Calls for the effective integration of indigenous knowledge and perspective into agroforestry are increasingly familiar in agroforestry programmes. This is the result of a need to better target research, ethical concerns about participation and power and the recognition that indigenous knowledge is a potentially powerful source of understanding that may often be complementary to scientific knowledge.
Incorporating indigenous knowledge into development may be achieved through farmer participation in research planning and implementation, external survey of local needs as a basis for planning research or the active synthesis of indigenous and scientific knowledge (in addition to collaboration between the scientist and the farmer) in order to capitalise on their potential complementarity.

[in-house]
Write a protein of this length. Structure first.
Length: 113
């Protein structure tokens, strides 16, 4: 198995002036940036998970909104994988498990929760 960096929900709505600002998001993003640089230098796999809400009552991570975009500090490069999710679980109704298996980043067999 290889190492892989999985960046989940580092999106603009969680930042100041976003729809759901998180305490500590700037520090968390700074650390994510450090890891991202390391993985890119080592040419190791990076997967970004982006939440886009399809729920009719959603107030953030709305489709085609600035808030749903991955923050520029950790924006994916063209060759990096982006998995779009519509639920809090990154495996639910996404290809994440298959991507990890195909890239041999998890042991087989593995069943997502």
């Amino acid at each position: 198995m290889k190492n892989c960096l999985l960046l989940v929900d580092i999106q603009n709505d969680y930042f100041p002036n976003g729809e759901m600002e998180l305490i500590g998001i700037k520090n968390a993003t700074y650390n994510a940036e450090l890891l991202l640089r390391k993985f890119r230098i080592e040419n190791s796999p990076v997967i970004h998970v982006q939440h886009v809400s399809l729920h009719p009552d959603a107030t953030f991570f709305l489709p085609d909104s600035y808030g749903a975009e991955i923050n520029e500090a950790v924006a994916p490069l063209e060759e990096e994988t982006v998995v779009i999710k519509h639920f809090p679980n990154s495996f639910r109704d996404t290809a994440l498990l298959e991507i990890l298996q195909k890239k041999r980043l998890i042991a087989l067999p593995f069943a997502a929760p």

It is argued that active synthesis has received inadequate attention. In part this is because it demands rigorous analysis of indigenous and scientific knowledge. This is an exacting process and requires effective means of explicitly representing the knowledge concerned. An approach to this task is briefly introduced. A case study description and evaluation can be found in an accompanying paper
Walker, D.H.; Sinclair, F.L.; Thapa, B. Incorporation of indigenous knowledge and perspectives in agroforestry development. Part 1: review of methods and their applications. Agroforestry Systems (1995) 30 (1-2) 235-248. [DOI: 10.1007/BF00708923]